Using ObjC "Block" parameters in 64 bit builds

Apple documents the structures used for Block functions here.

Basically, one creates two structures and can then pass the one’s address to an ObjC function that takes a Block parameter. Here’s the gist of the Xojo code for that:

[code]structure Block
isa_ as Ptr
flags As Integer
reserved As Integer
invoke As Ptr
descriptor As Ptr
user_id as Integer
user_data as Ptr

static blockCallback as Ptr = CType (AddressOf theCallbackMethod, Ptr)

static gBlockDesc as new MemoryBlock (16)
gBlockDesc.Int32Value (4) = Block.Size

declare function dlsym lib “System” (hdl as Integer, symbol as CString) as Ptr
static isaPtr as Ptr = dlsym (-2, “_NSConcreteGlobalBlock”)

mBlock.isa_ = isaPtr
mBlock.flags = &h10000000 ’ BLOCK_IS_GLOBAL = (1 << 28)
mBlock.invoke = blockCallback
mBlock.descriptor = gBlockDesc[/code]

Now, while this works in 32 bit builds, I cannot get it working in 64 bit. The Block structure should be working just fine in 64 bit, and I changed the gBlockDesc code to:

static gBlockDesc as new MemoryBlock (32) gBlockDesc.Int64Value (8) = Block.Size
Yet, this always crashes when I invoke the block.

Has anyone figured this out and gotten Blocks to work this way in 64 bit builds, i.e. without using a Plugin?

Doesn’t the declare require a consistent set of arguments?
By that I mean… it requires either 32bit all the time, or 64bit all the time…
and if it worked as a 32bit compile then INTEGER was a 32bit value, but in a 64bit compile its a 64bit value

What if you used UINT32 or INT32? to force it to use 32bit values

@Dave The structs in C are using “int” for the types, and the equivalent in Xojo is Integer. Also, the constistency in the Mac APIs is in the source, not in the binary form. So, if a C header says “int”, that means 32 bit values in 32 bit builds, and 64 bit values in 64 bit builds.

Although, what puzzles me, now that you’re pointing that out, is that the first struct uses “int” whereas the other uses “long int”…

For those who want to poke at the code, I’ve made a simple demo project:

The 64 bit build crashes, the 32 build works.

Gee, @Dave S - thanks for questioning my assumptions. I was indeed declaring the structure incorrectly.

Correct is:

  • “int” does translate to “Int32” in Xojo.
  • “long” does translate to “Integer” in Xojo.

So, if I change the two “Integer” types in the Block structure to Int32, then the code works.


I have updated the test project, fixing the 64 bit issue, and also making it work better with Xojo objects (avoiding the use of global properties).

[quote=402921:@Thomas Tempelmann]“int” does translate to “Int32” in Xojo.
“long” does translate to “Integer” in Xojo.[/quote]
This is something that has puzzled me for just a short time ago too. The C definitions are sometimes really a bit unclear (at least for me), stating that long is “at least 32 Bits long” while longlong is 64 Bits …

The safest way to figure this out is to use a C compiler (or Xcode), choose your architecture, and do something like:

NSLog(@"%ld", sizeof(long));

A tip for you, make sure that the blocks you’re testing with come back in on the main thread (like a NSSavePanel), many of them come back in on a different thread and this causes a StackOverFlowException. IAP & AVFoundation are the two frameworks off the top of my head which do this.

I have a feedback request for this, but I don’t have feedback on this computer.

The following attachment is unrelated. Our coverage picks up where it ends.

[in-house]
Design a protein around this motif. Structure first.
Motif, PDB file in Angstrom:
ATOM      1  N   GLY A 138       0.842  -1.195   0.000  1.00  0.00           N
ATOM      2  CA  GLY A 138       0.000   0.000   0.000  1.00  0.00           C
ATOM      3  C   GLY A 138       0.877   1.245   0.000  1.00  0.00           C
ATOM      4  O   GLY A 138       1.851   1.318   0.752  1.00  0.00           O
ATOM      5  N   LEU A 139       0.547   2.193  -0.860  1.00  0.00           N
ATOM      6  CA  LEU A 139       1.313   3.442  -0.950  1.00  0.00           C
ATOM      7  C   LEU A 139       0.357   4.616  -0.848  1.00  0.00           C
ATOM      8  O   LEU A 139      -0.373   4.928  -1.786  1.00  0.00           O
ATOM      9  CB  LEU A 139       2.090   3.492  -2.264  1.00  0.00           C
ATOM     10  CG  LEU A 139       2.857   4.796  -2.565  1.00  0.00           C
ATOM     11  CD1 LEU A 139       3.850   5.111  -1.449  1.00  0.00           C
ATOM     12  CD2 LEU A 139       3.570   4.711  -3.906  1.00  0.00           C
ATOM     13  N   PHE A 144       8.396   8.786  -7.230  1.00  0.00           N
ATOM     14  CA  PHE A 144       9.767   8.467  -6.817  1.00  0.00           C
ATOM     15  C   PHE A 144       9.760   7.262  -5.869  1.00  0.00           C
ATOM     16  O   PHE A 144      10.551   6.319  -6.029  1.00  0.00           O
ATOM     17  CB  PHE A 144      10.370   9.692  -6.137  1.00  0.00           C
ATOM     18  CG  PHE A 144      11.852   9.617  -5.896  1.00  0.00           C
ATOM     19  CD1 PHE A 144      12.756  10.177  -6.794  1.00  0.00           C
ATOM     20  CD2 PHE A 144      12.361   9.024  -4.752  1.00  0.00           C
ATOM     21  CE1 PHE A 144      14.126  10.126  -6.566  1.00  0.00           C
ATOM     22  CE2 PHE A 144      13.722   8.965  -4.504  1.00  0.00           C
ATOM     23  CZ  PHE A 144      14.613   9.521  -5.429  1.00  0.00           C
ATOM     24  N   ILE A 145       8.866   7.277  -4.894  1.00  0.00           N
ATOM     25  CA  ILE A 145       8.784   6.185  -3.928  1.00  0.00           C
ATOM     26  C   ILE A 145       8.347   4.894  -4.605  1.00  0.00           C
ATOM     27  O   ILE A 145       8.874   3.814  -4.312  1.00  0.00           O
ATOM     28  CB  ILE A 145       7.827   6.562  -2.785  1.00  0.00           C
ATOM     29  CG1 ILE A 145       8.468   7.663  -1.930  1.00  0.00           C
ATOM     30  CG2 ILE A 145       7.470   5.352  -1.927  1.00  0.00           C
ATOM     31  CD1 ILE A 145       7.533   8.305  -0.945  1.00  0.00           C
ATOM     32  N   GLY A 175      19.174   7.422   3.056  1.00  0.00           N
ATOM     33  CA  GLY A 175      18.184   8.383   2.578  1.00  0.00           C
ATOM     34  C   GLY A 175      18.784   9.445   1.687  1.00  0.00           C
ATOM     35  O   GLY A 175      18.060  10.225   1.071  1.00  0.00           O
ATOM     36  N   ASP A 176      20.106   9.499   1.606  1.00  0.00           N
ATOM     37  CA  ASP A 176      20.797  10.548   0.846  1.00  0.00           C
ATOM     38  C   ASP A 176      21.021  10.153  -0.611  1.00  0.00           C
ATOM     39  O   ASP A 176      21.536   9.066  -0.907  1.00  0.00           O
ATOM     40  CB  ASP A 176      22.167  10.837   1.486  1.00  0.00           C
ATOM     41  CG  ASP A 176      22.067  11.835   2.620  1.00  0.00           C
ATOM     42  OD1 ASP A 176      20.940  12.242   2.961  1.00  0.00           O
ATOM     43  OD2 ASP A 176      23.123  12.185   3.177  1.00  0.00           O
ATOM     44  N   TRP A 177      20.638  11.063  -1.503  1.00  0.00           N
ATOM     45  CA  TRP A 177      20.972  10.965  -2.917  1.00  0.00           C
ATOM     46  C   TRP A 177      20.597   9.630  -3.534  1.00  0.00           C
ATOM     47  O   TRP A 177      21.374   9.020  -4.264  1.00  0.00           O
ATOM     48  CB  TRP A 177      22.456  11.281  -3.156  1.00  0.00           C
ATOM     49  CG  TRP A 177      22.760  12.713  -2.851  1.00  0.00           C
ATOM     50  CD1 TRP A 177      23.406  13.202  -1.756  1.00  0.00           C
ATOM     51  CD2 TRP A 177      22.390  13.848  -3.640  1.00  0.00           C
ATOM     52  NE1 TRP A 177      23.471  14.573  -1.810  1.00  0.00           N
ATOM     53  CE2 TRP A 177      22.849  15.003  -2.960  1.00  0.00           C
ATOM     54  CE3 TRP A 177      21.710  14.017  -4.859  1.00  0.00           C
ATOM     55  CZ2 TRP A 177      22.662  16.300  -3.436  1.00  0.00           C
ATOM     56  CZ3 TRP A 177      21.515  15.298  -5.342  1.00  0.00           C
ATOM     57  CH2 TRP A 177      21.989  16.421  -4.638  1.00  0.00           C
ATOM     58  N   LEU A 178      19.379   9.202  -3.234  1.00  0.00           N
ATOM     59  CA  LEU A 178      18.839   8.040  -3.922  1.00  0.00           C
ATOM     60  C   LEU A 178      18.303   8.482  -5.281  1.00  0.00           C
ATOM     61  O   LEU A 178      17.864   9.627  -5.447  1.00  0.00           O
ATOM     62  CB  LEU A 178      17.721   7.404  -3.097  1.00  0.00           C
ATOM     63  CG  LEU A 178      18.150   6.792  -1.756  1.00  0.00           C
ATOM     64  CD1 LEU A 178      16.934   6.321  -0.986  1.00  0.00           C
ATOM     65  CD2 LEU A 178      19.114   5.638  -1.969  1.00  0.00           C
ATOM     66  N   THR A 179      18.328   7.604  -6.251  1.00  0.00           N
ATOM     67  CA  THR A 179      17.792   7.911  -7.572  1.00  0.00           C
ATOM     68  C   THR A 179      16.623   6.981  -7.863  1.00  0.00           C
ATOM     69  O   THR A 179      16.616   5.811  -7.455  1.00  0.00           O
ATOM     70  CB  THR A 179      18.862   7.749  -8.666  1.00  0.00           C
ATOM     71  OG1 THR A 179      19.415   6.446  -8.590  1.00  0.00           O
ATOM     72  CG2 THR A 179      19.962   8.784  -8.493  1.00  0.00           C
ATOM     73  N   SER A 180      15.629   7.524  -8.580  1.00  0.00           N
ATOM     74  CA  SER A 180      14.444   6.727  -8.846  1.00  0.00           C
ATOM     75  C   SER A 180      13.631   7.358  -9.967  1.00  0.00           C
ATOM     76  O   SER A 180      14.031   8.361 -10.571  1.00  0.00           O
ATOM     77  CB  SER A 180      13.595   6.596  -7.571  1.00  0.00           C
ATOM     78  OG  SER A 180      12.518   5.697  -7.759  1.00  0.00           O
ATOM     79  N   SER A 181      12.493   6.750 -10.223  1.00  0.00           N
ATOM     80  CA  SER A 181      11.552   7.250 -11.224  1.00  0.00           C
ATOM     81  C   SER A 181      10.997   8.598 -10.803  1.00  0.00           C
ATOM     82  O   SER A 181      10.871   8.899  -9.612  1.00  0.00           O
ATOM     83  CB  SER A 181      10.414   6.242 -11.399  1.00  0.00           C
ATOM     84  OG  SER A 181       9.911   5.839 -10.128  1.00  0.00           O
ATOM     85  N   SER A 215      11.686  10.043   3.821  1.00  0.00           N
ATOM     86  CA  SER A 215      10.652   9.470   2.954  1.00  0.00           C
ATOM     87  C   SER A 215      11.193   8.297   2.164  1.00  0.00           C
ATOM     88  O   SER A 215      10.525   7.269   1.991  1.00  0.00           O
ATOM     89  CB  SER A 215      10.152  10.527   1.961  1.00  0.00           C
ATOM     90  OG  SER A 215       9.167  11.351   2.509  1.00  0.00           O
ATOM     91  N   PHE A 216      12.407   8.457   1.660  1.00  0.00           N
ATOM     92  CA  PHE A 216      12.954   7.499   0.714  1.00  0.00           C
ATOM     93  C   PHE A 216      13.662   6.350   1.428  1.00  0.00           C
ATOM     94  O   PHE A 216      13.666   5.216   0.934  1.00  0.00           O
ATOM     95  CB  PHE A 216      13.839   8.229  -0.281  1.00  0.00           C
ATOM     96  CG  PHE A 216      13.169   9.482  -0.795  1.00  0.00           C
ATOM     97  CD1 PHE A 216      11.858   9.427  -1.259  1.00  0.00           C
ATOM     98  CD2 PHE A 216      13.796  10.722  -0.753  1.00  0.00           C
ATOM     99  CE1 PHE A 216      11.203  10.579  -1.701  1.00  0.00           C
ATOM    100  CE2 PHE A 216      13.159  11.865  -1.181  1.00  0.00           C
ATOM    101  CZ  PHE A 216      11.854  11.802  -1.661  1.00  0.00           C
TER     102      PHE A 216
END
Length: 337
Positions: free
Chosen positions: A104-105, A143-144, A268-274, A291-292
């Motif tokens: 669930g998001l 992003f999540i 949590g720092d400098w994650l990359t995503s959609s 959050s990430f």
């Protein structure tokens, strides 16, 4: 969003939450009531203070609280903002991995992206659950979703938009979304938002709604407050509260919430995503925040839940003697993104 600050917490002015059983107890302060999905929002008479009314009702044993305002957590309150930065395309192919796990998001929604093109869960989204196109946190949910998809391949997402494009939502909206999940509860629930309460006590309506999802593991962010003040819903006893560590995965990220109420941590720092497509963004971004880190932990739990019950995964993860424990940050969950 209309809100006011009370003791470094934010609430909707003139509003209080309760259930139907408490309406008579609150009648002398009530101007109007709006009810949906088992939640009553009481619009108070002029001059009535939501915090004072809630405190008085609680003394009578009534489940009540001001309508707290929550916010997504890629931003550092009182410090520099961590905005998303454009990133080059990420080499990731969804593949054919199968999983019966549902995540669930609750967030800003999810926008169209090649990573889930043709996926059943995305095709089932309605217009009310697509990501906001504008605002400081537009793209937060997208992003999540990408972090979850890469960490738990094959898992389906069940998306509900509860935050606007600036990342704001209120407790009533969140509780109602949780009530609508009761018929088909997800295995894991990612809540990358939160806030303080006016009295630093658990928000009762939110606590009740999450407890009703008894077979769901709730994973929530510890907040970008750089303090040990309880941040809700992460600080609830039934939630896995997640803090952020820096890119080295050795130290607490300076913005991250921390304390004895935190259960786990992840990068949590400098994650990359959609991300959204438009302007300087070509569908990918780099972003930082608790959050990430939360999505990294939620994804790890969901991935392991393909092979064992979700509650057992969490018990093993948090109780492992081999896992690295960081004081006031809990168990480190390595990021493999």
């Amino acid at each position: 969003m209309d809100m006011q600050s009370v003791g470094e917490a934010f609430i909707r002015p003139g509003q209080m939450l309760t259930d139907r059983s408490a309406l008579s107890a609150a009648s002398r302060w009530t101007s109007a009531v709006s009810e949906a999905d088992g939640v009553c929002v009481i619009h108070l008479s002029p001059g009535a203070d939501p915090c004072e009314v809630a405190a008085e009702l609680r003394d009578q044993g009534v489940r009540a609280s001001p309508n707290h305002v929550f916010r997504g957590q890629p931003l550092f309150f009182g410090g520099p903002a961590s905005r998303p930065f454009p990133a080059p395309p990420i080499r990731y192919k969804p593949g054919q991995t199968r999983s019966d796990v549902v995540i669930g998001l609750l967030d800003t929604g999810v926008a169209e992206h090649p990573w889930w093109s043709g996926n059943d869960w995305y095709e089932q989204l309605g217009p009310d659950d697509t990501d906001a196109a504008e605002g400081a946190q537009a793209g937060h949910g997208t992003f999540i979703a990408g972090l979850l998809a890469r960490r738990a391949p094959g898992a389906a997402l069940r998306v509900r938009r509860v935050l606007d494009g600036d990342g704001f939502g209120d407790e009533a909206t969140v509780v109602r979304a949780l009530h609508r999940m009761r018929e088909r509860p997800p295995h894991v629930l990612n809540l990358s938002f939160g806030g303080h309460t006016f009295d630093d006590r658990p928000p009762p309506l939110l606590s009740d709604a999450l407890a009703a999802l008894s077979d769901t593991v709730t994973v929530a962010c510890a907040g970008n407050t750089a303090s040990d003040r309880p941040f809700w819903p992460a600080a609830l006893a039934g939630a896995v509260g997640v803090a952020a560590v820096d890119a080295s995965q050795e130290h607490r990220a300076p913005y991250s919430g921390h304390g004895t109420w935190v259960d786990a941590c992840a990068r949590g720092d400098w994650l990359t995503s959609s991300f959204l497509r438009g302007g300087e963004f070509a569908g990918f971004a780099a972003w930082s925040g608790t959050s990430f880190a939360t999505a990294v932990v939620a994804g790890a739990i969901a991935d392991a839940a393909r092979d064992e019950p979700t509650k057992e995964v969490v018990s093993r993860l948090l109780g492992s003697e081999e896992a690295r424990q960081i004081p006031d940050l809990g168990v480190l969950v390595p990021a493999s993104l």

We have block handling for multithreading in dozens of plugin parts.
Passing parameters causes trouble with retain/release correctly.

What Sam means is that the callback function would do this, if it could be called in a thread:

[code]Private Shared Sub taskCompletionUnsafeThread(ByRef blk as Block, error_ref as Ptr)
#pragma StackOverflowChecking false

declare sub dispatch_sync_f lib SysLib (q as Ptr, ByRef context as Block, f as Ptr)
declare function dispatch_get_current_queue lib SysLib () as Ptr

declare sub retain lib CocoaLib selector “retain” (id as Ptr)
declare sub release lib CocoaLib selector “release” (id as Ptr)

blk.user_data = error_ref

if gMainQueue = dispatch_get_current_queue() then
// we’re on the main thread - must not call dispatch_sync to avoid deadlock
taskCompletionOnMainThread (blk)
// we’re doing a sync call so that any objects remain retained until they’re handled by the callback on the main thread
dispatch_sync_f (gMainQueue, blk, gCompletionHandler)
end if
End Sub[/code]

Some globals would need setting up before:

declare function dispatch_get_current_queue lib SysLib () as Ptr gMainQueue = dispatch_get_current_queue() gCompletionHandler = CType (AddressOf taskCompletionOnMainThread, Ptr)

taskCompletionOnMainThread is the final callback function that would get invoked safely.

I’ll update my sample code accordingly for the sake of others who might need this.

It never occurred to me you can cast a delegate to a ptr. Thanks a lot!

The new code at also shows how to convert a Ptr into a CFStringRef, i.e. by using CFRetain / CFRelease, since you cannot cast a Ptr to a CFStringRef.

I used same trick before in my Kits.
Declare CFRetain with CFStringRef as result type. :slight_smile:

Pretty brilliant. I used to create an NSString and use its CFStringRef property …
Cancel the conference, I learned enough new stuff today!

EDIT: @Thomas, do I see this right your code contains a very robust ObjC blocks replacement without the need for a plug-in?

Convinced. :smiley:

Yes. As long as you create a structure for each different type of block, and know how to deal with the callback in case it’s called asynchronously (i.e. from a different thread) - which is discussed here, for instance.